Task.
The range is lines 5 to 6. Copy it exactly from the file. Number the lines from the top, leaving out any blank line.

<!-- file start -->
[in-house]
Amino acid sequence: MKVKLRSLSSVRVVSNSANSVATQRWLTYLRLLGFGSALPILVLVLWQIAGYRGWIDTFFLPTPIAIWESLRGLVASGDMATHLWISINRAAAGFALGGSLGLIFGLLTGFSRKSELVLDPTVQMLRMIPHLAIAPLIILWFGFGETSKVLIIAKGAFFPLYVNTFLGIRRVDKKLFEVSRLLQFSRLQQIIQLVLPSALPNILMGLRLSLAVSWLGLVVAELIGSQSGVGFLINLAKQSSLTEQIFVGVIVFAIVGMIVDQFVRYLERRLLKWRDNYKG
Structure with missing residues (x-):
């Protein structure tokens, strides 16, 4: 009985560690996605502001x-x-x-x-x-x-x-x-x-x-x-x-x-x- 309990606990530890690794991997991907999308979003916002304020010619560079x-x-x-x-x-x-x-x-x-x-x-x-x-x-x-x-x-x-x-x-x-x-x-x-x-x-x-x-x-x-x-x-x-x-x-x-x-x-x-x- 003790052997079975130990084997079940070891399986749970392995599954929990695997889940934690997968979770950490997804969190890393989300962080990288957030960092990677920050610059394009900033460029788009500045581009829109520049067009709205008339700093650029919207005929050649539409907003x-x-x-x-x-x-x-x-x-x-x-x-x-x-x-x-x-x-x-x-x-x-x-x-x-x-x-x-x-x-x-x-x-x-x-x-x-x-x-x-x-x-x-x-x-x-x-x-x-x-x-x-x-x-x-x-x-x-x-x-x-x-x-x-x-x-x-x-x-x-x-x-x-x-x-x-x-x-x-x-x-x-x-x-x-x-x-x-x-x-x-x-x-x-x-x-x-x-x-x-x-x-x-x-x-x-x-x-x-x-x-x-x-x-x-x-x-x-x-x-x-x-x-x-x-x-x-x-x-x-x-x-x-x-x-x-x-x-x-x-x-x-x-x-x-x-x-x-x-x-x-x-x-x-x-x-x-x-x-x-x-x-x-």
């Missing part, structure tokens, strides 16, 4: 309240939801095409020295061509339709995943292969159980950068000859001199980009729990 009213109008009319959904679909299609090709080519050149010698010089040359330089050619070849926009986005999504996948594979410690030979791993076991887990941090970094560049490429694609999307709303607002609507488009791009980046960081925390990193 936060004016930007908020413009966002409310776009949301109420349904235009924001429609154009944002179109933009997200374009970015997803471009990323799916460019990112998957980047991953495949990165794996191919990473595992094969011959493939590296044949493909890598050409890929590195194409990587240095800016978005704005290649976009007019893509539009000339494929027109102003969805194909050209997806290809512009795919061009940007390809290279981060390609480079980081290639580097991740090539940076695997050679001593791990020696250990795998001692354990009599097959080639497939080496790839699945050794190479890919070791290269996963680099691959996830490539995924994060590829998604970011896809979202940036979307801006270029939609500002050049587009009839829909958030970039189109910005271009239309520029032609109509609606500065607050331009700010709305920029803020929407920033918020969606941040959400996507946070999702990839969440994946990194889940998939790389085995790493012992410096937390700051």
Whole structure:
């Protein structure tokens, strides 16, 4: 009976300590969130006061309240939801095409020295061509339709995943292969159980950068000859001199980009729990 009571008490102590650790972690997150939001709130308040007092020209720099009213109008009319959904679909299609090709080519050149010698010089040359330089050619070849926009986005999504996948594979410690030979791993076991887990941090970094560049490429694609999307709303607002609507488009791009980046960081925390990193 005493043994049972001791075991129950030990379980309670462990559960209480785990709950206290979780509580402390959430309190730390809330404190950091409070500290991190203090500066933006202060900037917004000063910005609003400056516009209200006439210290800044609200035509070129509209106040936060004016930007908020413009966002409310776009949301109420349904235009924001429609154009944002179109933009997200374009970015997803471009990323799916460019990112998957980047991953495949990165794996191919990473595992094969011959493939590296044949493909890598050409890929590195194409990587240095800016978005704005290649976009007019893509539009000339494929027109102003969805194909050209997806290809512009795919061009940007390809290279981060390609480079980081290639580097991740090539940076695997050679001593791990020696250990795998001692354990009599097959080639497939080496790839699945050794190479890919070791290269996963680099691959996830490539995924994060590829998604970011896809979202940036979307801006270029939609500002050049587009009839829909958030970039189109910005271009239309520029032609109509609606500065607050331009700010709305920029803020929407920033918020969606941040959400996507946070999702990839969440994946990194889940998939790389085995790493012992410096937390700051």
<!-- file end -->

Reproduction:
């Missing part, structure tokens, strides 16, 4: 309240939801095409020295061509339709995943292969159980950068000859001199980009729990 009213109008009319959904679909299609090709080519050149010698010089040359330089050619070849926009986005999504996948594979410690030979791993076991887990941090970094560049490429694609999307709303607002609507488009791009980046960081925390990193 936060004016930007908020413009966002409310776009949301109420349904235009924001429609154009944002179109933009997200374009970015997803471009990323799916460019990112998957980047991953495949990165794996191919990473595992094969011959493939590296044949493909890598050409890929590195194409990587240095800016978005704005290649976009007019893509539009000339494929027109102003969805194909050209997806290809512009795919061009940007390809290279981060390609480079980081290639580097991740090539940076695997050679001593791990020696250990795998001692354990009599097959080639497939080496790839699945050794190479890919070791290269996963680099691959996830490539995924994060590829998604970011896809979202940036979307801006270029939609500002050049587009009839829909958030970039189109910005271009239309520029032609109509609606500065607050331009700010709305920029803020929407920033918020969606941040959400996507946070999702990839969440994946990194889940998939790389085995790493012992410096937390700051």
Whole structure: